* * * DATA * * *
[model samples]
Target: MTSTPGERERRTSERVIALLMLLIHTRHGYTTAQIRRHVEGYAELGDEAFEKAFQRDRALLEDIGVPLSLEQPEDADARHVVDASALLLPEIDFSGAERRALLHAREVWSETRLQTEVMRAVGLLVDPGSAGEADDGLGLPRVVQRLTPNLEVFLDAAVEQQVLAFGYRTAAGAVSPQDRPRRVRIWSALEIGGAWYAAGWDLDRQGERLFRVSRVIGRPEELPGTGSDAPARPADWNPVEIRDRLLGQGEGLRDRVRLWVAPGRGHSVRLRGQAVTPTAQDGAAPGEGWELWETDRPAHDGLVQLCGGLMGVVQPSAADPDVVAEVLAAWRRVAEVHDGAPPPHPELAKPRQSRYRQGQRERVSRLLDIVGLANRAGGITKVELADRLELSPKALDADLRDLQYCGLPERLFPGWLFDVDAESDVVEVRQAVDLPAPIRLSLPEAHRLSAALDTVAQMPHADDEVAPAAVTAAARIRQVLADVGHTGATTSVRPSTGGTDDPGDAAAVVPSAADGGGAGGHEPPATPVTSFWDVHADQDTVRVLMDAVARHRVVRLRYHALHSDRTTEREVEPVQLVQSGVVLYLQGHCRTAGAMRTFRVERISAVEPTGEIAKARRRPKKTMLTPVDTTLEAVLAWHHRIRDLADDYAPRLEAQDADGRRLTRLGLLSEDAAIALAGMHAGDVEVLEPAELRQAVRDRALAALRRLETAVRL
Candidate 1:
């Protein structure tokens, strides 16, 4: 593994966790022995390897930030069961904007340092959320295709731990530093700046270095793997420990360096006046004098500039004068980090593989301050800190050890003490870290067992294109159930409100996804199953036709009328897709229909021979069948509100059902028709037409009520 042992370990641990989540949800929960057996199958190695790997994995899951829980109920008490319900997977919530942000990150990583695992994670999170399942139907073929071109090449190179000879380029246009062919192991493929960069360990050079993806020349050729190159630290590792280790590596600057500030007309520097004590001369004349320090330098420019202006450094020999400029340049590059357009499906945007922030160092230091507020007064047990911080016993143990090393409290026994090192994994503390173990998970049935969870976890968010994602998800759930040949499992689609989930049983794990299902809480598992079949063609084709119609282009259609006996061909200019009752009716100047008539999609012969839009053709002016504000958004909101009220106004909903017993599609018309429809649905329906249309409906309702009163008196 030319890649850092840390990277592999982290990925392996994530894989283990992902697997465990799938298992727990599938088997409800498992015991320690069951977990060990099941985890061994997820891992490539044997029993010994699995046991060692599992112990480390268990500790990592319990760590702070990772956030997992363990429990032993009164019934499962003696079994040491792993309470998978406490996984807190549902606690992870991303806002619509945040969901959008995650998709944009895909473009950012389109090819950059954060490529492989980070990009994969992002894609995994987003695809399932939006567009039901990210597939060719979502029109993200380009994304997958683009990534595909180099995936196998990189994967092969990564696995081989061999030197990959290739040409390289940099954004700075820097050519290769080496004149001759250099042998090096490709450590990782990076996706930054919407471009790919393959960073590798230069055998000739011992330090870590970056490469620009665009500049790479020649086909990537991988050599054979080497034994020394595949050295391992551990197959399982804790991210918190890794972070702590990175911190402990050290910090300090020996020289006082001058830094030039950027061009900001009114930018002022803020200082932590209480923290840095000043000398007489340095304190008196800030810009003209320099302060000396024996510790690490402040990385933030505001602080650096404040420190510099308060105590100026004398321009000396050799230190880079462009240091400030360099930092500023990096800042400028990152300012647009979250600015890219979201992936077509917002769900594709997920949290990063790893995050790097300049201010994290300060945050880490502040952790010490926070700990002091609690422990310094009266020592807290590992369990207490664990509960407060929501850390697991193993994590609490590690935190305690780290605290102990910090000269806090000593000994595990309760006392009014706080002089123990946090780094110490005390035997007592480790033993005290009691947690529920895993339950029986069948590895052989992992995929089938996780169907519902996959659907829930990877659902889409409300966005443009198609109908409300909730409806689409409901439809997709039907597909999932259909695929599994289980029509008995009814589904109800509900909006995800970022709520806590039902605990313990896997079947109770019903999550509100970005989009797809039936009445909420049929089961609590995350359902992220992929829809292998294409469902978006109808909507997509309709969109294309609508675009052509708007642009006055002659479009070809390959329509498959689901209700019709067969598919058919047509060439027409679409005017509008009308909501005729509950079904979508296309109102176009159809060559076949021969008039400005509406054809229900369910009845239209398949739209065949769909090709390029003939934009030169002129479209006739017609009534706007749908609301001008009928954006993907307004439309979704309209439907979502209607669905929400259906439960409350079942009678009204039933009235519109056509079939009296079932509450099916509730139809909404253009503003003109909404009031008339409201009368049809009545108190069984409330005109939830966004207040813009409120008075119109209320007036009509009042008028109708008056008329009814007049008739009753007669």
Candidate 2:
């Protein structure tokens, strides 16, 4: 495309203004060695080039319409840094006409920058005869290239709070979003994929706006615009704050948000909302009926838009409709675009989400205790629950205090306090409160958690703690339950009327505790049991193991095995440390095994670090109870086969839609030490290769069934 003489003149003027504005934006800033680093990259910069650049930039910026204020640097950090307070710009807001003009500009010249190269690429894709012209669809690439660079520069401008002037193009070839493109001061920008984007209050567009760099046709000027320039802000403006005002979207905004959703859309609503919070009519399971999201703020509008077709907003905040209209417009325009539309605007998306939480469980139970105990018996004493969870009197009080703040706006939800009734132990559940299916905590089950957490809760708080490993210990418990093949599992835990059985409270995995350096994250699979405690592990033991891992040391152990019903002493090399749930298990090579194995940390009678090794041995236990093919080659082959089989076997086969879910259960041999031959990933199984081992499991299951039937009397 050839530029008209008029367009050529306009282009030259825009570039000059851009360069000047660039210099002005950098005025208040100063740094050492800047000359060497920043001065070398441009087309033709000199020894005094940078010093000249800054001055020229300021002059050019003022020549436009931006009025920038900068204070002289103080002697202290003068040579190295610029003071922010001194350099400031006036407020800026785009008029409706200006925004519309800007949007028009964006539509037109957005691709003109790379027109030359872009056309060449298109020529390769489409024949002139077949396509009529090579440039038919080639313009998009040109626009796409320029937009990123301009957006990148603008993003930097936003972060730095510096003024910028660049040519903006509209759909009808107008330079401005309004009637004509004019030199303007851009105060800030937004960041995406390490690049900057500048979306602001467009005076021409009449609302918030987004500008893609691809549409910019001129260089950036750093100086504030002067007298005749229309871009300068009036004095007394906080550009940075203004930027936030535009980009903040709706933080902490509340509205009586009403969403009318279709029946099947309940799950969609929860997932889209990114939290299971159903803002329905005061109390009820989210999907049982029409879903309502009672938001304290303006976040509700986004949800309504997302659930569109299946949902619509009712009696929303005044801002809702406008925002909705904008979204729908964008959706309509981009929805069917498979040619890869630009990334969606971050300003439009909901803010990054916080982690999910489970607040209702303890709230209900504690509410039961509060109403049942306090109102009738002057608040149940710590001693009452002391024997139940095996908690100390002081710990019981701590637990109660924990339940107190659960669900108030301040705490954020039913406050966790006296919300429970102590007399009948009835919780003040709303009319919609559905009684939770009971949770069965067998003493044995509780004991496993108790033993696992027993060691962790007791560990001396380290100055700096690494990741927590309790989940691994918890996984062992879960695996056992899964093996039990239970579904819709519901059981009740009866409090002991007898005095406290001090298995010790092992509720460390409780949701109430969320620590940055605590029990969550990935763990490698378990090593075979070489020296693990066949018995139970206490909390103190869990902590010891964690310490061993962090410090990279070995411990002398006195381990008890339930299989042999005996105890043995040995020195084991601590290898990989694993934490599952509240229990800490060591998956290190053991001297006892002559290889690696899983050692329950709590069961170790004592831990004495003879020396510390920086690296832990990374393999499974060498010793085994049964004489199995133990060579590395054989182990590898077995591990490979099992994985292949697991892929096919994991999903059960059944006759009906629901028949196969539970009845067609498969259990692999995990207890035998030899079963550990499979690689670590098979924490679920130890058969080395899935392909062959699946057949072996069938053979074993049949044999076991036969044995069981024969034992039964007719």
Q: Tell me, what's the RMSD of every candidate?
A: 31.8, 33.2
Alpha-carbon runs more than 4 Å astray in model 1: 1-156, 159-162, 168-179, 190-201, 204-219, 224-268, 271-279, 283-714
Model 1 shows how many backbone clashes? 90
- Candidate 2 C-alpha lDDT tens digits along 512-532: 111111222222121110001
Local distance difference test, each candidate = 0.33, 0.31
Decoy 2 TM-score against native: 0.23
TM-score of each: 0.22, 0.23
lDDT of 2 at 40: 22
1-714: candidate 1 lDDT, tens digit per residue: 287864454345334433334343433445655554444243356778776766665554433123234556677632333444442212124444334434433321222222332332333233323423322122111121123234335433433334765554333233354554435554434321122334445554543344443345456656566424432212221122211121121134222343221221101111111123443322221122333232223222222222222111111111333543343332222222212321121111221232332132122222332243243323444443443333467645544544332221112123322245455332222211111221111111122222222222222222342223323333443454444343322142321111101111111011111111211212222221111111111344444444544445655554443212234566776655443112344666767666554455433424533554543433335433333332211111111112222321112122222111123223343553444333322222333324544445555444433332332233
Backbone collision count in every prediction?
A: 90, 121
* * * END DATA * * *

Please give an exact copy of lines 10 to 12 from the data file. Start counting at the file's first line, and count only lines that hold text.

Model 1 shows how many backbone clashes? 90
- Candidate 2 C-alpha lDDT tens digits along 512-532: 111111222222121110001
Local distance difference test, each candidate = 0.33, 0.31